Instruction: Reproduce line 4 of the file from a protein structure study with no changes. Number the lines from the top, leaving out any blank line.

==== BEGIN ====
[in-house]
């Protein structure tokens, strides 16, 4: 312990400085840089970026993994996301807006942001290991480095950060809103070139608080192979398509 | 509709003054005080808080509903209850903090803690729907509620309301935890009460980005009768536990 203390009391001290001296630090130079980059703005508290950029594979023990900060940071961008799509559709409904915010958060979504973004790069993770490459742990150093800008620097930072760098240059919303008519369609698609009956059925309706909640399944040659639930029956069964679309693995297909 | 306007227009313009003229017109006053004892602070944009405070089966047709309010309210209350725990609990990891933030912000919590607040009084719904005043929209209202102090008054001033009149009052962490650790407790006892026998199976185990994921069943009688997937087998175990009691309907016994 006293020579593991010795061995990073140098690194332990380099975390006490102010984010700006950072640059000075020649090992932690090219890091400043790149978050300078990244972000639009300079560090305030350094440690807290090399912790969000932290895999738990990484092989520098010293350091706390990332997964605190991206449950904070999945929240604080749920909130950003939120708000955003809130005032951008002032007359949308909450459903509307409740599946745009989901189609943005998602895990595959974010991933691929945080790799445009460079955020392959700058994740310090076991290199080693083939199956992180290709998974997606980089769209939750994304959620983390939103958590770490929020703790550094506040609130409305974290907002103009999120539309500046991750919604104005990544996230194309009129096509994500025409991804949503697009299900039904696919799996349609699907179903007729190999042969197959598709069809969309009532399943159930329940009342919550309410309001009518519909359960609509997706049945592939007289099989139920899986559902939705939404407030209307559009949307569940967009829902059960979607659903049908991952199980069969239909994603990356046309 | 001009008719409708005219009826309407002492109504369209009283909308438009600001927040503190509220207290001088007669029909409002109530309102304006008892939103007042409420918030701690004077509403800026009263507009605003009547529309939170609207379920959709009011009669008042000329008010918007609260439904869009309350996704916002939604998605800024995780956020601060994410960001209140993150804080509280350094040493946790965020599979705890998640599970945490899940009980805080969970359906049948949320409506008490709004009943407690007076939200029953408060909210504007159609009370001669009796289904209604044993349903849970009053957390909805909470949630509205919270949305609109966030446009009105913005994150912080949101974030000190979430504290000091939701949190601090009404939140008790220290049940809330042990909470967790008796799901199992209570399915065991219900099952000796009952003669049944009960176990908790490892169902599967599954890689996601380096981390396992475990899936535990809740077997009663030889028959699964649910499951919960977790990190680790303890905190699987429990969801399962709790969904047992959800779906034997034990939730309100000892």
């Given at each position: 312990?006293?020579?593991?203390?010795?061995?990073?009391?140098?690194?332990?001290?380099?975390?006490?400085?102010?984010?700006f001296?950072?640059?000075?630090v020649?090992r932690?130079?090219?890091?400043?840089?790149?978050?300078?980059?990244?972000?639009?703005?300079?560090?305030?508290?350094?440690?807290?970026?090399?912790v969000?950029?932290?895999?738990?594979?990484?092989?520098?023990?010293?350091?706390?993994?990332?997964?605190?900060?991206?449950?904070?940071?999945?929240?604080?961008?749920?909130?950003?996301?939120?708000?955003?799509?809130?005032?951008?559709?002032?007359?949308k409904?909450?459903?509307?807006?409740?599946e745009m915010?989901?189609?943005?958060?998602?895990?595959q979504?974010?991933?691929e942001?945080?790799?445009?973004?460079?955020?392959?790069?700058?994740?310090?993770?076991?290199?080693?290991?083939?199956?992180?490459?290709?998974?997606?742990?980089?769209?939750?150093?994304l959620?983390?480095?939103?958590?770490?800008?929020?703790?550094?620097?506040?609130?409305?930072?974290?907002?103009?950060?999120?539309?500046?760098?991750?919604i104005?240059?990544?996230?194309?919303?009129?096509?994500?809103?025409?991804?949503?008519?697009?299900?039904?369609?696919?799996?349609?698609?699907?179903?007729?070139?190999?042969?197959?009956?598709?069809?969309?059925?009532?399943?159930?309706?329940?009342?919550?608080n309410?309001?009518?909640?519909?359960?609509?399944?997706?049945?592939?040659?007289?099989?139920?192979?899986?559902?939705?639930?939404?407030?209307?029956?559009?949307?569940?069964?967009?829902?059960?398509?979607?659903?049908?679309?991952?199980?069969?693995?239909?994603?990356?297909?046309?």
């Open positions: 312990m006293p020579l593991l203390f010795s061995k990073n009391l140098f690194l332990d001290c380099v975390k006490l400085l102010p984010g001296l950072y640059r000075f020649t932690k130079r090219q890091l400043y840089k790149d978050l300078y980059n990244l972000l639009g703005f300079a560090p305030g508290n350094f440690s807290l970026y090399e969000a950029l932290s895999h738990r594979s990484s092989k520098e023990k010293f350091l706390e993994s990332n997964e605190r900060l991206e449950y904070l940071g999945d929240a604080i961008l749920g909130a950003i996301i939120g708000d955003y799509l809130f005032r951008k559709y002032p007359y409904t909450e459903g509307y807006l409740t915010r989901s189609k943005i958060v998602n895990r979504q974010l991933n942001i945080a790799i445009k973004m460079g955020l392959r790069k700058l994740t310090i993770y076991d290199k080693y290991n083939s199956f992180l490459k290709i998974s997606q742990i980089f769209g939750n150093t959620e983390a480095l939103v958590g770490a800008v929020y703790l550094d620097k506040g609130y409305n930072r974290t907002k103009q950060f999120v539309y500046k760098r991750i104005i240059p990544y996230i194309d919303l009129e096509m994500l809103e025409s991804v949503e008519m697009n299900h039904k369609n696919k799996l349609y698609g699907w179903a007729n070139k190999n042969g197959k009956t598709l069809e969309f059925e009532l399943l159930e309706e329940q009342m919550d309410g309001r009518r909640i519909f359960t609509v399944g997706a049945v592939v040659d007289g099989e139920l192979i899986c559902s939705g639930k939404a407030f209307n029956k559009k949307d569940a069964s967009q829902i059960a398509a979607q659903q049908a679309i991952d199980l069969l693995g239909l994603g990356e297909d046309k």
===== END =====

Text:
């Open positions: 312990m006293p020579l593991l203390f010795s061995k990073n009391l140098f690194l332990d001290c380099v975390k006490l400085l102010p984010g001296l950072y640059r000075f020649t932690k130079r090219q890091l400043y840089k790149d978050l300078y980059n990244l972000l639009g703005f300079a560090p305030g508290n350094f440690s807290l970026y090399e969000a950029l932290s895999h738990r594979s990484s092989k520098e023990k010293f350091l706390e993994s990332n997964e605190r900060l991206e449950y904070l940071g999945d929240a604080i961008l749920g909130a950003i996301i939120g708000d955003y799509l809130f005032r951008k559709y002032p007359y409904t909450e459903g509307y807006l409740t915010r989901s189609k943005i958060v998602n895990r979504q974010l991933n942001i945080a790799i445009k973004m460079g955020l392959r790069k700058l994740t310090i993770y076991d290199k080693y290991n083939s199956f992180l490459k290709i998974s997606q742990i980089f769209g939750n150093t959620e983390a480095l939103v958590g770490a800008v929020y703790l550094d620097k506040g609130y409305n930072r974290t907002k103009q950060f999120v539309y500046k760098r991750i104005i240059p990544y996230i194309d919303l009129e096509m994500l809103e025409s991804v949503e008519m697009n299900h039904k369609n696919k799996l349609y698609g699907w179903a007729n070139k190999n042969g197959k009956t598709l069809e969309f059925e009532l399943l159930e309706e329940q009342m919550d309410g309001r009518r909640i519909f359960t609509v399944g997706a049945v592939v040659d007289g099989e139920l192979i899986c559902s939705g639930k939404a407030f209307n029956k559009k949307d569940a069964s967009q829902i059960a398509a979607q659903q049908a679309i991952d199980l069969l693995g239909l994603g990356e297909d046309k």